Australian Curriculum 12 General Mathematics - 2020 Edition
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1.01 Types of data
Lesson

Univariate versus bivariate statistics

In Unit 2 we studied statistics with univariate data. 'Uni' means one (think unicycle) so if we want to observe and analyse changes in a single variable then this is univariate statistics. For example, comparing two student's test results by comparing the mean and standard deviation of each set is working with a single variable (test results) so it is univariate.

In Unit 3 our focus will be statistics with bivariate data. 'Bi' means two (think bicycle) so if we are interested in comparing or finding an association between two sets of different variables then this is bivariate statistics. For example, looking at the association between litres of soft drink consumed per week and BMI for a set of people is working with bivariate data as there are two variables (litres and BMI).

 

Types of data

In statistics, a 'variable' refers to a characteristic of data that is measurable or observable. A variable could be something like temperature, mass, height, make of car, type of animal or goals scored.

Data variables can be defined as either numerical or categorical.

  • Numerical data is where each data point is represented by a number. Examples include: number of items sold each month, daily temperatures, heights of people, and ages of a population. The data can be further defined as either discrete (associated with counting) or continuous (associated with measuring). Numerical data is also known as quantitative data.
     
  • Categorical data is where each data point is represented by a word or label. Examples include: brand names, types of animals, favourite colours, and names of countries. The data can be further defined as either ordinal (it can be ordered) or nominal (un-ordered). Categorical data is also known as qualitative data.

Discrete numerical data

Discrete numerical data involve data points that are distinct and separate from each other. There is a definite 'gap' separating one data point from the next. Discrete data usually, but not always, consists of whole numbers, and is often collected by some form of counting.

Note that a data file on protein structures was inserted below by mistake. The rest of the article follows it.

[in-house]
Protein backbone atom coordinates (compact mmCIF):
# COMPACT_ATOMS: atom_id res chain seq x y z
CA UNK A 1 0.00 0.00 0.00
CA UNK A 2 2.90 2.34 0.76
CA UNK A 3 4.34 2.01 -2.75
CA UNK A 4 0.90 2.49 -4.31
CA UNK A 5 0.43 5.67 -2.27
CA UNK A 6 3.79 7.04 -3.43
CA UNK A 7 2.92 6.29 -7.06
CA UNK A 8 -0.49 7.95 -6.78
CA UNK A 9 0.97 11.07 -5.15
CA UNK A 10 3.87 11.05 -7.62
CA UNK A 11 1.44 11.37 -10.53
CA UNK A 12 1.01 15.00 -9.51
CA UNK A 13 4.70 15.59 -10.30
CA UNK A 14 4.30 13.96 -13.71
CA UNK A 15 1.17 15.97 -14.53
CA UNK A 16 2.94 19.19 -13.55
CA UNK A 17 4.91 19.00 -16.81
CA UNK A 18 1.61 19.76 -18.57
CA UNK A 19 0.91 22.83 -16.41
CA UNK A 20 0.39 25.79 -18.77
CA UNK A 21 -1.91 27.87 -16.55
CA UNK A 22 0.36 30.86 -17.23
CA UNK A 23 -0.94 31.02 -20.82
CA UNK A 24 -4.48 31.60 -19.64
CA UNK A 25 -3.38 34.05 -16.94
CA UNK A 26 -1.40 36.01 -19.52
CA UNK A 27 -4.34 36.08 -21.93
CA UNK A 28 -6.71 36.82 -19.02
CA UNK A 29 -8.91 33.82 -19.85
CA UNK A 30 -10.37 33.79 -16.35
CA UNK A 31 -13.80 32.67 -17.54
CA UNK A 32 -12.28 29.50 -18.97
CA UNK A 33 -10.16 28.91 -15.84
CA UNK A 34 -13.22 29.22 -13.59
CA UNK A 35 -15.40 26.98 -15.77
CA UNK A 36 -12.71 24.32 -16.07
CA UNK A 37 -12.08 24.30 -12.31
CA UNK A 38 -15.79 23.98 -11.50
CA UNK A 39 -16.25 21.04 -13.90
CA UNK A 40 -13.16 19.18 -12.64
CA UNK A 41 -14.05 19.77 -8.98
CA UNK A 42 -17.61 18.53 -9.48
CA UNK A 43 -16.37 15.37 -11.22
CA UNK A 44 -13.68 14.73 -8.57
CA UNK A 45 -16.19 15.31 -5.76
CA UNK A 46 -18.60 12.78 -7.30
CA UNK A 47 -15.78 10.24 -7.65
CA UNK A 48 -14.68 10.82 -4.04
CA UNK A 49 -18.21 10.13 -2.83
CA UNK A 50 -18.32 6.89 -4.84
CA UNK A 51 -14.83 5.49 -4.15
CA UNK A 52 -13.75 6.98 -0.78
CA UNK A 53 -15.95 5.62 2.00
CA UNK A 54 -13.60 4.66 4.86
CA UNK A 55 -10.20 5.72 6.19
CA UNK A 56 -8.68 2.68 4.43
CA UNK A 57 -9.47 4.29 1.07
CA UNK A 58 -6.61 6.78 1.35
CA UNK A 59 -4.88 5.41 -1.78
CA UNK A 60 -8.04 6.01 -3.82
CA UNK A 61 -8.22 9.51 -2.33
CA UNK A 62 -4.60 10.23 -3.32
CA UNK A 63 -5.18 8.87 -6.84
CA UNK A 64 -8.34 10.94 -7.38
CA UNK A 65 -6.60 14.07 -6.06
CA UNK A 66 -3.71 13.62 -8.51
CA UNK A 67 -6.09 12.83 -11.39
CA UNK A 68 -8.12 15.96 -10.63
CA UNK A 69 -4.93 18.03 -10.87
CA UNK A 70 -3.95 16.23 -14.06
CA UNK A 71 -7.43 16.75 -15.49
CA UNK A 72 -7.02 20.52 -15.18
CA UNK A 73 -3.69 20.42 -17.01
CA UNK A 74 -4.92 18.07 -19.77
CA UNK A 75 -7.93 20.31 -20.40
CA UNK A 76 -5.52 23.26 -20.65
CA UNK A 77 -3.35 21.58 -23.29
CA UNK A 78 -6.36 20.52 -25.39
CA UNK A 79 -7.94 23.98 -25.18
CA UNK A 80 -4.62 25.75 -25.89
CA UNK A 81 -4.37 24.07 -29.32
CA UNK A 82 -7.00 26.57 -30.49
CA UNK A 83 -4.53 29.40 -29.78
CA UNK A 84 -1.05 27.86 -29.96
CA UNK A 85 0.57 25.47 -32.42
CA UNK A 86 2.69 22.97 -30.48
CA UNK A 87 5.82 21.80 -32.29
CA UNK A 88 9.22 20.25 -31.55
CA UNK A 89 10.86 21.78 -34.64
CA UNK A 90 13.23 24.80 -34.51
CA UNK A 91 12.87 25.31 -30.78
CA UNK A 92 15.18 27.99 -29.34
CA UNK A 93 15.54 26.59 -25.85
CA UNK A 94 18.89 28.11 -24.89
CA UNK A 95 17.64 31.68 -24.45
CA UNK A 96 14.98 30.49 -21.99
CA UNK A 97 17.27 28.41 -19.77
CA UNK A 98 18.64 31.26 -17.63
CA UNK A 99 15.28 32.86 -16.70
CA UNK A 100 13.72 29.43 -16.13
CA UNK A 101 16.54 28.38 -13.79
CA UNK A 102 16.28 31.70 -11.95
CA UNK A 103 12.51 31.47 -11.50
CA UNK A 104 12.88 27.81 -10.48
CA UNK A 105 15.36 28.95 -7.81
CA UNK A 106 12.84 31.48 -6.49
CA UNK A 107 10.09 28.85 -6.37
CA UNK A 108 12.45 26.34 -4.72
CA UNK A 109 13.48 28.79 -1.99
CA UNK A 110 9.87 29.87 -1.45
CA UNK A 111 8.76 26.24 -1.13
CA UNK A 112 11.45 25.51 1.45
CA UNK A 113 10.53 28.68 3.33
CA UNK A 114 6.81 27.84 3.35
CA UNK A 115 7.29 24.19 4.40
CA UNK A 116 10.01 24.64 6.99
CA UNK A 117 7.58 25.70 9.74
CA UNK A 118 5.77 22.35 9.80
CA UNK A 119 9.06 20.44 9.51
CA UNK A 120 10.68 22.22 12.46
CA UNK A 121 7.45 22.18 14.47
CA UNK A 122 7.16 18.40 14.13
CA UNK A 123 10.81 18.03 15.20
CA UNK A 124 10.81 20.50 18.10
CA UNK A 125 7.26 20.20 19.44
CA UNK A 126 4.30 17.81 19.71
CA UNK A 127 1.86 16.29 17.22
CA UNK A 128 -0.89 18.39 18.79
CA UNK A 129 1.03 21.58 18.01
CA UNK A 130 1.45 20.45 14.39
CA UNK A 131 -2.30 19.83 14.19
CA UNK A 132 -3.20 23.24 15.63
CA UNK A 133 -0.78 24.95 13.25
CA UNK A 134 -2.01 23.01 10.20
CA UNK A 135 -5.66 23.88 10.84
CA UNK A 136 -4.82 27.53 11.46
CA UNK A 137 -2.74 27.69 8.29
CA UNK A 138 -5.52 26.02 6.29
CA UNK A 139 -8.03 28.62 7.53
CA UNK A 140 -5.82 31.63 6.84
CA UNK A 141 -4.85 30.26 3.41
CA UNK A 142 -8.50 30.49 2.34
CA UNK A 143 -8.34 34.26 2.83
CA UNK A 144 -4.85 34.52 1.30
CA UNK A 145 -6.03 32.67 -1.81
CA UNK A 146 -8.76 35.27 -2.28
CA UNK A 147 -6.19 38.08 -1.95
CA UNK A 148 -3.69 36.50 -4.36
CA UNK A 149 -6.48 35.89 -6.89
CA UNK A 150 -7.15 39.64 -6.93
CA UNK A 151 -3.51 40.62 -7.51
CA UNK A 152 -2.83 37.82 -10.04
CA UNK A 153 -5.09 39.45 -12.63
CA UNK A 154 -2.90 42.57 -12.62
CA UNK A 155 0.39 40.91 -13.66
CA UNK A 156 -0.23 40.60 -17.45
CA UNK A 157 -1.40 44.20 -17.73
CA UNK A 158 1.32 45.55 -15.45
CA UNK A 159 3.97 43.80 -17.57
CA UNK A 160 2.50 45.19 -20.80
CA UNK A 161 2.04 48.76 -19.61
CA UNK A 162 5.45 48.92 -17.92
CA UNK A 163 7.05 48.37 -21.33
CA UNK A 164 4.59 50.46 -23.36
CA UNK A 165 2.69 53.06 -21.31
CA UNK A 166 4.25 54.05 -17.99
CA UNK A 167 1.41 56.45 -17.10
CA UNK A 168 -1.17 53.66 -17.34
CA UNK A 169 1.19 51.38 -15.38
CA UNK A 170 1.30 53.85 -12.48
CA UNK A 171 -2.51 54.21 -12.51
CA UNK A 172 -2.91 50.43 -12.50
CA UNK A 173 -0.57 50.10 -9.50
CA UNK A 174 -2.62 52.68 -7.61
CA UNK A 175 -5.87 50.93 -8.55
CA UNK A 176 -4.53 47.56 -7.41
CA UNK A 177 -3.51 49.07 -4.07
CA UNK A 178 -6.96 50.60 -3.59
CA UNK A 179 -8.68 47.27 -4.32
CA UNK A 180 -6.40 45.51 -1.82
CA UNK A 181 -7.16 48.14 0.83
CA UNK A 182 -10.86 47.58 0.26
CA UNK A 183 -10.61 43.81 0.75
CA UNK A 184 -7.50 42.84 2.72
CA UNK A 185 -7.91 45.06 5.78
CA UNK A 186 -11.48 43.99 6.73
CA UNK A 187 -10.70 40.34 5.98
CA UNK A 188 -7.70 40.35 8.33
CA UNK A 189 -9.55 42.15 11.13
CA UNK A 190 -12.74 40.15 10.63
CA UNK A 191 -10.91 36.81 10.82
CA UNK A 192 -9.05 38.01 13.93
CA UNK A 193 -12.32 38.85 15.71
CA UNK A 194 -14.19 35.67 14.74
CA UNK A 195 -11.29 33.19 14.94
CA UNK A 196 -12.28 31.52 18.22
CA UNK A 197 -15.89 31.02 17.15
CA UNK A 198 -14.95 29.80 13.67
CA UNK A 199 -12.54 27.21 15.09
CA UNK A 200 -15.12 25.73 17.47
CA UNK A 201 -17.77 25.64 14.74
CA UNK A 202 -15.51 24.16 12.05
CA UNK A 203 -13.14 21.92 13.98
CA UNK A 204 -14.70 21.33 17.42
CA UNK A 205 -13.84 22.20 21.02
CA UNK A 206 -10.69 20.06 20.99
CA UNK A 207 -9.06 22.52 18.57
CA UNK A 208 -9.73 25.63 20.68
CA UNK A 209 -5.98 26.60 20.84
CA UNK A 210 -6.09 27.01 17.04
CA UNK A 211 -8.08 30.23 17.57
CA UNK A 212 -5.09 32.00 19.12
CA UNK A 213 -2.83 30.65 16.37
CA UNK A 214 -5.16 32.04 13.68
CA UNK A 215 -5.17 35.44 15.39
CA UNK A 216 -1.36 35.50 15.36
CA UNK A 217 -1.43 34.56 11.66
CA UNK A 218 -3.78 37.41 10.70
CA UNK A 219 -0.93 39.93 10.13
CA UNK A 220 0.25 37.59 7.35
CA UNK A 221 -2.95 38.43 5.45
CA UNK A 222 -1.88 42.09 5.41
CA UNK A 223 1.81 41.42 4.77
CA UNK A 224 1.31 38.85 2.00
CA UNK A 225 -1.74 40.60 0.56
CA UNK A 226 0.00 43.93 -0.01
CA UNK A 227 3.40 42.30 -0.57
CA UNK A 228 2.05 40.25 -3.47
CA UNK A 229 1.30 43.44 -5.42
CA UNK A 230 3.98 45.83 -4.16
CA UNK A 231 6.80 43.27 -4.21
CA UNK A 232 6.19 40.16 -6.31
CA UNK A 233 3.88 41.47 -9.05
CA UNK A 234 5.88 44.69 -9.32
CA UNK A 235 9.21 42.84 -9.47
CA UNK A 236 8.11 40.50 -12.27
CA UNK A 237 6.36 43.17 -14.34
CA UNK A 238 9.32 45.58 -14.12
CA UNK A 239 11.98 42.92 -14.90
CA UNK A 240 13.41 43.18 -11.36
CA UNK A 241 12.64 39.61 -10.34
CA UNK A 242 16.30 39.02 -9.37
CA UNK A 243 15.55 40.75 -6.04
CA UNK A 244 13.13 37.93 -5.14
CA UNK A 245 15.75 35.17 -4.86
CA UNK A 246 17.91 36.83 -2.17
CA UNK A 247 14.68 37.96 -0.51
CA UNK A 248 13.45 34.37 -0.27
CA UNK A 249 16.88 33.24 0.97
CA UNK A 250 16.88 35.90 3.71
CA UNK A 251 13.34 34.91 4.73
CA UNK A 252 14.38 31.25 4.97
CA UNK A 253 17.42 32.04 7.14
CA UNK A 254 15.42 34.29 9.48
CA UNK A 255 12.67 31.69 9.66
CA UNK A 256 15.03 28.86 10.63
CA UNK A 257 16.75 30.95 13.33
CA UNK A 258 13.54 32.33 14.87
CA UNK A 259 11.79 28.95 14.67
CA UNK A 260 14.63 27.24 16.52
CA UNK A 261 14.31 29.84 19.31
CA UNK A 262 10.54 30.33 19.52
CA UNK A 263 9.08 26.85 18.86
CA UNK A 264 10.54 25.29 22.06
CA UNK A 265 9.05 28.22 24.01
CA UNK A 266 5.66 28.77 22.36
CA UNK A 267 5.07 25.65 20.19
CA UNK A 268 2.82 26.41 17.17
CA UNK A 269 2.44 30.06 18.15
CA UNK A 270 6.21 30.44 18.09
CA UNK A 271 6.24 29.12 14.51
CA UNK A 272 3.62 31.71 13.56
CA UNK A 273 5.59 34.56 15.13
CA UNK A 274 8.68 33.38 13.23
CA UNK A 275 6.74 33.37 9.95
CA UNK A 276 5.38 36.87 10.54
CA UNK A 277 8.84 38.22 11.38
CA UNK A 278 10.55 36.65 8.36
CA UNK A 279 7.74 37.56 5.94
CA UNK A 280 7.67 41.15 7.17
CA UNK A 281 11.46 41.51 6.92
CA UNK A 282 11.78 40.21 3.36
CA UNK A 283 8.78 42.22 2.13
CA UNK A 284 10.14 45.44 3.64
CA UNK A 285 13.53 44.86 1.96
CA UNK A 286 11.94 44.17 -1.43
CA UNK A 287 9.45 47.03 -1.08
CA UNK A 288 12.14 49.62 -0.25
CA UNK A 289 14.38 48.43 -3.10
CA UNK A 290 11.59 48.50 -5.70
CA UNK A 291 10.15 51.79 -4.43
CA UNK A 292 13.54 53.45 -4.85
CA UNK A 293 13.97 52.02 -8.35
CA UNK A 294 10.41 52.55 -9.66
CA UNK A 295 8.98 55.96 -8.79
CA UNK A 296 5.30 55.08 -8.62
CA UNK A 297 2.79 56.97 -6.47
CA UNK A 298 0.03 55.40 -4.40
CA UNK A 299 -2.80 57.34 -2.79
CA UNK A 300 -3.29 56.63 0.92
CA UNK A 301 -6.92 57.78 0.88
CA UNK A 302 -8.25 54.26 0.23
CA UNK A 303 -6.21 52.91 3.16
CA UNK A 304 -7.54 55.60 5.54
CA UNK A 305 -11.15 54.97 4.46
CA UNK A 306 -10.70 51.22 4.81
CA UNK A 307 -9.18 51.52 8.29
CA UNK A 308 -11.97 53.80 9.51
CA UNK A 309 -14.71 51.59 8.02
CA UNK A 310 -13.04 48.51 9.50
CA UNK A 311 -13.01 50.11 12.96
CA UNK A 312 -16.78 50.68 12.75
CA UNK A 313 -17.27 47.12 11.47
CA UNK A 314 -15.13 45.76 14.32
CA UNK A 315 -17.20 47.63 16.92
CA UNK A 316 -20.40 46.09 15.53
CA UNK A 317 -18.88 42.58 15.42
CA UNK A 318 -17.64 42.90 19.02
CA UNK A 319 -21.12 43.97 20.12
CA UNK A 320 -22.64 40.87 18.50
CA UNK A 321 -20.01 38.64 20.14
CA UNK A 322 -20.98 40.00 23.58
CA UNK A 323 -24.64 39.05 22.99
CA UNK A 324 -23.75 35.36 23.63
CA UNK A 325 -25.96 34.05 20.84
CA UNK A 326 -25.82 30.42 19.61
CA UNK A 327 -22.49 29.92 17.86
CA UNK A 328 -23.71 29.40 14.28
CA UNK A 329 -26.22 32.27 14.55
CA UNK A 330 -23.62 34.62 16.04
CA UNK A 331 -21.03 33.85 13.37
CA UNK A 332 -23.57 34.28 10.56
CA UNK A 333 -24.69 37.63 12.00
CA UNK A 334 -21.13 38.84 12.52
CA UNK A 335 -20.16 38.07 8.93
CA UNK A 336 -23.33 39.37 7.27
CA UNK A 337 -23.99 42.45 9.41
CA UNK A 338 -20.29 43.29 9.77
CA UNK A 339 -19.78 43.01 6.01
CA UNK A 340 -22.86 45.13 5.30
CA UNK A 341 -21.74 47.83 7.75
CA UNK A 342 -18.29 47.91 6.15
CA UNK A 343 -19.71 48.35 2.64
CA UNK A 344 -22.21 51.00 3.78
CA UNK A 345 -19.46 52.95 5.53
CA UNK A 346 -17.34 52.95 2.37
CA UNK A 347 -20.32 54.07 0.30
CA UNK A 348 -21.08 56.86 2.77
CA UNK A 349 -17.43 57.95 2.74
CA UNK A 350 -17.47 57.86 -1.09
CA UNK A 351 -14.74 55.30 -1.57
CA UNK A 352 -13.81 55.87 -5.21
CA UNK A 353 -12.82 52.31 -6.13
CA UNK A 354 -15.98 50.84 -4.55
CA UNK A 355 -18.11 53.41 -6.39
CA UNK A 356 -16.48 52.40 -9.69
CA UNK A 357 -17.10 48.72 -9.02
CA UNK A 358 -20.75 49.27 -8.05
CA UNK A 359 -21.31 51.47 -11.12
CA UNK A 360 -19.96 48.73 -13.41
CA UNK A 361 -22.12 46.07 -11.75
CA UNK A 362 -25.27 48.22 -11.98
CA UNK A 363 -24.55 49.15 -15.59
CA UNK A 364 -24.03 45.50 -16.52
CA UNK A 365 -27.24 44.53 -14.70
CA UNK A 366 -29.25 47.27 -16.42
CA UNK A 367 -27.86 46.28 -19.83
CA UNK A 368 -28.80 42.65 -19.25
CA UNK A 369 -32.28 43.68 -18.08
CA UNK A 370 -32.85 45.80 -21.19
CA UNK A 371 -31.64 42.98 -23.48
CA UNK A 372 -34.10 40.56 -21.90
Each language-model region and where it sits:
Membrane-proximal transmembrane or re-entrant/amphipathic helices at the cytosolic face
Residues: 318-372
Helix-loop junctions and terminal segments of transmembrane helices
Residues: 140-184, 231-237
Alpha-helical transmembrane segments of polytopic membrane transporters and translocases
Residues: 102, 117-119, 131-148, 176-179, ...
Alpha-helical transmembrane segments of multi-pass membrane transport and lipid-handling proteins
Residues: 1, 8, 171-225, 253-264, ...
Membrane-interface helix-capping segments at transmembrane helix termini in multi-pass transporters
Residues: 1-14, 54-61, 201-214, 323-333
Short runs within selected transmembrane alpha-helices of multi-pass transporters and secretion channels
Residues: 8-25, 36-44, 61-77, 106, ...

Examples of discrete data: number of goals scored per match ($1$1, $3$3, $0$0, $5$5, etc) , number of children per family ($0$0, $1$1, $2$2, $3$3, etc), shoe size ($6$6, $6\frac{1}{2}$612, $7$7$7\frac{1}{2}$712, etc)

Continuous numerical data

Continuous numerical data involves data points that can occur anywhere along a continuum. Any value is possible within a range of values. Continuous data often involves the use of decimal numbers, and is often collected using some form of measurement.

Examples of continuous data: height of trees in metres ($12.357$12.357, $14.022$14.022, $13.454$13.454, etc), times taken to run ten km in minutes ($55.34$55.34, $58.45$58.45, $61.29$61.29, etc), daily temperature in degrees C ($31.2$31.2, $29.4$29.4, $30.4$30.4, etc)

Ordinal categorical data

The word 'ordinal' means 'ordered'. Ordinal categorical data involves data points, consisting of words or labels, that can be ordered or ranked in some way.

Examples of ordinal data: product rating on a survey (good, satisfactory, excellent), Level of achievement (high distinction, distinction, credit, pass, fail)

Nominal categorical data

The word 'nominal' means 'name'. Nominal categorical data consists of words or labels, that name individual data points that have no clear rank order.

Example of nominal data: Nationalities in a team (German, Austrian, Italian, Spanish, etc), eye colour (grey, blue, brown, green, etc)

 

Practice questions

question 1

A scientist collects data on iron levels in soil and growth of a type of weed in order to investigate the relationship between them.

Is this an example of univariate data or bivariate data?

  1. Univariate data

    A

    Bivariate data

    B

    Univariate data

    A

    Bivariate data

    B

Question 2

Classify this data into its correct category:

Weights of dogs

  1. Categorical Nominal

    A

    Categorical Ordinal

    B

    Numerical Discrete

    C

    Numerical Continuous

    D

    Categorical Nominal

    A

    Categorical Ordinal

    B

    Numerical Discrete

    C

    Numerical Continuous

    D

Question 3

Which of the following variables can be classified as ordinal categorical?

  1. Length of a pencil in mm

    A

    Time taken to get to school in minutes

    B

    Weight of dogs in kg

    C

    Driving license status (learner, red P, etc)

    D

    Hair colour (black, red, blonde, etc)

    E

    Hourly rate of pay

    F

    Length of a pencil in mm

    A

    Time taken to get to school in minutes

    B

    Weight of dogs in kg

    C

    Driving license status (learner, red P, etc)

    D

    Hair colour (black, red, blonde, etc)

    E

    Hourly rate of pay

    F

 

Outcomes

ACMGM048

review the statistical investigation process; for example, identifying a problem and posing a statistical question, collecting or obtaining data, analysing the data, interpreting and communicating the results

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